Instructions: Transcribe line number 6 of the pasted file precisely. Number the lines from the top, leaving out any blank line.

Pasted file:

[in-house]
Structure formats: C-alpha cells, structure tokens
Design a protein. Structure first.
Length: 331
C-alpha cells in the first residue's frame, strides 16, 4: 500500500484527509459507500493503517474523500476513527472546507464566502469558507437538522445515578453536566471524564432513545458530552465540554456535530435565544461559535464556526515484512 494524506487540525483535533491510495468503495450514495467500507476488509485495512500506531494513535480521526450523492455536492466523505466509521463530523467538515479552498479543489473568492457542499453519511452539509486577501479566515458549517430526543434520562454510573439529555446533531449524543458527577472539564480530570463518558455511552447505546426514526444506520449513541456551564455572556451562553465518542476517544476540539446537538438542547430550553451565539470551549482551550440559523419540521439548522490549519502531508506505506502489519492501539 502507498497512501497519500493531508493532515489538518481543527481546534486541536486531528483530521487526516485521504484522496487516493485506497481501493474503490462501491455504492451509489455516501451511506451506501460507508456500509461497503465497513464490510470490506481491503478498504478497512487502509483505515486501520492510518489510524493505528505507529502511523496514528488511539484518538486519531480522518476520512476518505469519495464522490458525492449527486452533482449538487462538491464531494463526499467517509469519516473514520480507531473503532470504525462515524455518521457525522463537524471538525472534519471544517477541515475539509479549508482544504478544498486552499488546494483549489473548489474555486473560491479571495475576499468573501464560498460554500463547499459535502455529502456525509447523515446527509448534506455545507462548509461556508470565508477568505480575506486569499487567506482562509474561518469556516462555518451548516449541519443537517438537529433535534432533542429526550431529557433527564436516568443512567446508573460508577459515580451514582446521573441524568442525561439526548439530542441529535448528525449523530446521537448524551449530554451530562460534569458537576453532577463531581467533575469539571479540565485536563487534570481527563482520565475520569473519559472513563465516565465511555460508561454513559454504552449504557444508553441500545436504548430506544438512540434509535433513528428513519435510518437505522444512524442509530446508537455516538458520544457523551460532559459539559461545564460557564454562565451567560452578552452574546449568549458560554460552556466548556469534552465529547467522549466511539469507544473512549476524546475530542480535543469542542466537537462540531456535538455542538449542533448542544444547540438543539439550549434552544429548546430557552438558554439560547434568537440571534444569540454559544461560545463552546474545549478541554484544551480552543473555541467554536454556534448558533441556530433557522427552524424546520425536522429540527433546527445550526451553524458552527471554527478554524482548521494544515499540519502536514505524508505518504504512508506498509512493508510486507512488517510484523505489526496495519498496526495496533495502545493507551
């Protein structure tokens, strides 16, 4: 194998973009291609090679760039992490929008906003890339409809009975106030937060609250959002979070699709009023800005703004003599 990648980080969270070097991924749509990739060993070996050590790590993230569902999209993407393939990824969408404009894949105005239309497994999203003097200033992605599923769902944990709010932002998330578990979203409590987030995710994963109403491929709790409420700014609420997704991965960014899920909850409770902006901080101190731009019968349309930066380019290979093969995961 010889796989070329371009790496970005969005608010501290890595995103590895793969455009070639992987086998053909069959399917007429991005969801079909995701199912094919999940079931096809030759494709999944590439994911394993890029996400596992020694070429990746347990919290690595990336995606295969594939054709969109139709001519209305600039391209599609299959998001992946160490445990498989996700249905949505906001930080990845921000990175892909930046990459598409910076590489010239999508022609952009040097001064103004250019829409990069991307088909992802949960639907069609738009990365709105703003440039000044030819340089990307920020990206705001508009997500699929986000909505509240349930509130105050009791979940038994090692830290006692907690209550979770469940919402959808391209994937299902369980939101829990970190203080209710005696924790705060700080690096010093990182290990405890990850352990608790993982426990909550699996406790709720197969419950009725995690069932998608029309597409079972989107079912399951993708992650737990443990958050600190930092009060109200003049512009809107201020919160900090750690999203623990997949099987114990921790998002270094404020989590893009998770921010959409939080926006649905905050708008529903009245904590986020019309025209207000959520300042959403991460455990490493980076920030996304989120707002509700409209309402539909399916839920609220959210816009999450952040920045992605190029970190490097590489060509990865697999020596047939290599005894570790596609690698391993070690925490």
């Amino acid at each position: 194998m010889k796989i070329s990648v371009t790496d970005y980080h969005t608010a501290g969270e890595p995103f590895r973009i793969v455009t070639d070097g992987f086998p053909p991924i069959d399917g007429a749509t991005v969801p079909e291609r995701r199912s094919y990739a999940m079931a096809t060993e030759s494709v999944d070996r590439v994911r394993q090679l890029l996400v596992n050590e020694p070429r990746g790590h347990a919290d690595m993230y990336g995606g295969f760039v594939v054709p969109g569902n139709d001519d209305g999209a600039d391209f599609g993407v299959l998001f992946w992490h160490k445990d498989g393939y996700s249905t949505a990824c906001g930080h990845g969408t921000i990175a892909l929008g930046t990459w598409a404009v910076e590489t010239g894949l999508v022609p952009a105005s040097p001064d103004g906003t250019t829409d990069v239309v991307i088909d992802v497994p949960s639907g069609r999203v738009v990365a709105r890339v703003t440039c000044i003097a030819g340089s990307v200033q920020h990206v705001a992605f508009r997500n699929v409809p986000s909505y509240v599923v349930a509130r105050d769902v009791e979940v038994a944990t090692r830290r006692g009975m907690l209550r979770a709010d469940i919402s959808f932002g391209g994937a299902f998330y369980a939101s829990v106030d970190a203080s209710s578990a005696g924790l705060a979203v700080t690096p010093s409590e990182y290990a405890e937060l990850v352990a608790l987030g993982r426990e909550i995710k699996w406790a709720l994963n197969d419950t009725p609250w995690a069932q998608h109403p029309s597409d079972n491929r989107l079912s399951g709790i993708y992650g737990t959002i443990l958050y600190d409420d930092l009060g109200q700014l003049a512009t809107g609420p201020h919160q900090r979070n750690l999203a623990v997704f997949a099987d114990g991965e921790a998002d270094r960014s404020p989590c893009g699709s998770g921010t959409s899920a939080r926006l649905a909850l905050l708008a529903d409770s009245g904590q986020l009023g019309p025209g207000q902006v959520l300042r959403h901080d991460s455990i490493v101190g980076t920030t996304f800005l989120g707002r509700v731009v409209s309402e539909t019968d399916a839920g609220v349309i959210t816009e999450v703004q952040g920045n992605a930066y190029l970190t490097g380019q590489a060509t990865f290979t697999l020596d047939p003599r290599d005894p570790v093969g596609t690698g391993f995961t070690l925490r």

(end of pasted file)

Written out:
């Protein structure tokens, strides 16, 4: 194998973009291609090679760039992490929008906003890339409809009975106030937060609250959002979070699709009023800005703004003599 990648980080969270070097991924749509990739060993070996050590790590993230569902999209993407393939990824969408404009894949105005239309497994999203003097200033992605599923769902944990709010932002998330578990979203409590987030995710994963109403491929709790409420700014609420997704991965960014899920909850409770902006901080101190731009019968349309930066380019290979093969995961 010889796989070329371009790496970005969005608010501290890595995103590895793969455009070639992987086998053909069959399917007429991005969801079909995701199912094919999940079931096809030759494709999944590439994911394993890029996400596992020694070429990746347990919290690595990336995606295969594939054709969109139709001519209305600039391209599609299959998001992946160490445990498989996700249905949505906001930080990845921000990175892909930046990459598409910076590489010239999508022609952009040097001064103004250019829409990069991307088909992802949960639907069609738009990365709105703003440039000044030819340089990307920020990206705001508009997500699929986000909505509240349930509130105050009791979940038994090692830290006692907690209550979770469940919402959808391209994937299902369980939101829990970190203080209710005696924790705060700080690096010093990182290990405890990850352990608790993982426990909550699996406790709720197969419950009725995690069932998608029309597409079972989107079912399951993708992650737990443990958050600190930092009060109200003049512009809107201020919160900090750690999203623990997949099987114990921790998002270094404020989590893009998770921010959409939080926006649905905050708008529903009245904590986020019309025209207000959520300042959403991460455990490493980076920030996304989120707002509700409209309402539909399916839920609220959210816009999450952040920045992605190029970190490097590489060509990865697999020596047939290599005894570790596609690698391993070690925490």